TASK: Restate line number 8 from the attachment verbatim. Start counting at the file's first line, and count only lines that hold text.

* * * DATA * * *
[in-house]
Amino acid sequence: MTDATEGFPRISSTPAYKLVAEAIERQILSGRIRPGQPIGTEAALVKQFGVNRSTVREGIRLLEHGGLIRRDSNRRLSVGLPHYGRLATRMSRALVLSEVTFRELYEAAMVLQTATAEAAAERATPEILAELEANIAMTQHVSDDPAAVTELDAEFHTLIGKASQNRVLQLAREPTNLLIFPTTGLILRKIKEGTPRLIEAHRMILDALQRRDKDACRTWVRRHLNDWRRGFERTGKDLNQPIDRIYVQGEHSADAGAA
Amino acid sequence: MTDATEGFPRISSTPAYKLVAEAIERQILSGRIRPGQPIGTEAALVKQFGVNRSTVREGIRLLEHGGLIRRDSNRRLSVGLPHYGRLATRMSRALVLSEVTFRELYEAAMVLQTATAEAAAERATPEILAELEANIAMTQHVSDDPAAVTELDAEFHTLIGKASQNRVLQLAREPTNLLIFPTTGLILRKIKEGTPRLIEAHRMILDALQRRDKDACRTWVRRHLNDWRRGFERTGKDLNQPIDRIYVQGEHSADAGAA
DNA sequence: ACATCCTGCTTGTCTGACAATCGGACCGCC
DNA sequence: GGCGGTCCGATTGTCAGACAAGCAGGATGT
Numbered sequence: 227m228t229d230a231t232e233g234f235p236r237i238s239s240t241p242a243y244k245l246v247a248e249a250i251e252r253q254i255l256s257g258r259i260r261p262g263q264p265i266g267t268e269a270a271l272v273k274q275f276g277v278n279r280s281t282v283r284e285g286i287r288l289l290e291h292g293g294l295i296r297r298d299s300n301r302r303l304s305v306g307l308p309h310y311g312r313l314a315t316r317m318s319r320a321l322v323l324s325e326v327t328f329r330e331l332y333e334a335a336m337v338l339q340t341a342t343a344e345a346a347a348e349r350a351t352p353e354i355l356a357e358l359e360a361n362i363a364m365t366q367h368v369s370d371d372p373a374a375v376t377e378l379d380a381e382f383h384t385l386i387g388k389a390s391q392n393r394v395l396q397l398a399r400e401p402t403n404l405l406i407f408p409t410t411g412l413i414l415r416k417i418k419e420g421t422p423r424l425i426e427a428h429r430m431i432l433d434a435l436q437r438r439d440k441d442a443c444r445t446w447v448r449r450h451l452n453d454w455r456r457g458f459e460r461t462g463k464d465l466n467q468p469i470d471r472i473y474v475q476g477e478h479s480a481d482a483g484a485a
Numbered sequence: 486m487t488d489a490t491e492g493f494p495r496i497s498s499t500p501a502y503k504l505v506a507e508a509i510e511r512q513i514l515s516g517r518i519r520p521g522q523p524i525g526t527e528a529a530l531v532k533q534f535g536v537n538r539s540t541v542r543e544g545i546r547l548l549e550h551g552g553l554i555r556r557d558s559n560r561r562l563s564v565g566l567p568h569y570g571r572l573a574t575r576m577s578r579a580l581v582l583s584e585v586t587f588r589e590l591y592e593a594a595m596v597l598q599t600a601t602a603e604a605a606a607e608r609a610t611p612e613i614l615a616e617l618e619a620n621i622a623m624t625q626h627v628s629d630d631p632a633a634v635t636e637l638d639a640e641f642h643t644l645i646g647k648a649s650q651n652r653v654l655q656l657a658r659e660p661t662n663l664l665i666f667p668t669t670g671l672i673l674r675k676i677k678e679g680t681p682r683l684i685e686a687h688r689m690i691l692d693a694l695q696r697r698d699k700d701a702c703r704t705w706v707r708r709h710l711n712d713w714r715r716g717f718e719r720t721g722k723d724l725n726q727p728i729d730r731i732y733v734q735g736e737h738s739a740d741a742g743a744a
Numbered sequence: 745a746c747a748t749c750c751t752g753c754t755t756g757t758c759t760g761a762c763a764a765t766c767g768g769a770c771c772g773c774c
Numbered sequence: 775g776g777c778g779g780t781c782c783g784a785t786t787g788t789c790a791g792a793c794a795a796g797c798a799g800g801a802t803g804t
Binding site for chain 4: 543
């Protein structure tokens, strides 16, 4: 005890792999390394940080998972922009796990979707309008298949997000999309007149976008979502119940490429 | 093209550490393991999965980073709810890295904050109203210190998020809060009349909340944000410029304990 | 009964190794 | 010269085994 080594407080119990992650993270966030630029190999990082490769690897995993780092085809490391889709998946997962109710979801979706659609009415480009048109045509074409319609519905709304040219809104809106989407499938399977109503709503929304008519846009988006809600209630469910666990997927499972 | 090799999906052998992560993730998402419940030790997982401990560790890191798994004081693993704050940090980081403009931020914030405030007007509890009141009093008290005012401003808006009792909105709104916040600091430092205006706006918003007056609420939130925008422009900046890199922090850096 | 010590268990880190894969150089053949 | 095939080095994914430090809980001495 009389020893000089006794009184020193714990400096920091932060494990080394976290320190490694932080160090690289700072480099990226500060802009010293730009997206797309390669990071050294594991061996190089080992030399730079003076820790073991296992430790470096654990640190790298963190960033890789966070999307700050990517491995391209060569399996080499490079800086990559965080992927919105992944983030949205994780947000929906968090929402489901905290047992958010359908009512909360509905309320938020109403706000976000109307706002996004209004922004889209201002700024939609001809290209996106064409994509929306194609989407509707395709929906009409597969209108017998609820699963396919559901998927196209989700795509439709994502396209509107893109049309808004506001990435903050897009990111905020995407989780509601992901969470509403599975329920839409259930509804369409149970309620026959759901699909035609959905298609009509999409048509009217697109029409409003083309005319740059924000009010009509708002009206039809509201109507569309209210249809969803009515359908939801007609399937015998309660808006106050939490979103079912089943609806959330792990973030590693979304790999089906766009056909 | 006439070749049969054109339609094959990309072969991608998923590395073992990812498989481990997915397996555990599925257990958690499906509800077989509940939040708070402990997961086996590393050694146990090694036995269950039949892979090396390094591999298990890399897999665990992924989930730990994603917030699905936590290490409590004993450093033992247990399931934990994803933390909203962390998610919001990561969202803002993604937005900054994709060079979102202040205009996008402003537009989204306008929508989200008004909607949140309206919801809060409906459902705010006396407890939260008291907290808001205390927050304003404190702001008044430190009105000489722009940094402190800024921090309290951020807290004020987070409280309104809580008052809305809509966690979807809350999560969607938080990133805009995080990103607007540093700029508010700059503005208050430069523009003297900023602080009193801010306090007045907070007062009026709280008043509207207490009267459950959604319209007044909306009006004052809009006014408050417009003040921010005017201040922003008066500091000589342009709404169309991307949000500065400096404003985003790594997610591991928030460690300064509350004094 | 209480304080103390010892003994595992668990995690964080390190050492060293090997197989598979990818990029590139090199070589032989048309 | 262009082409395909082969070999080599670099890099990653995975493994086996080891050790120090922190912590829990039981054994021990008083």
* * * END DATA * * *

Numbered sequence: 745a746c747a748t749c750c751t752g753c754t755t756g757t758c759t760g761a762c763a764a765t766c767g768g769a770c771c772g773c774c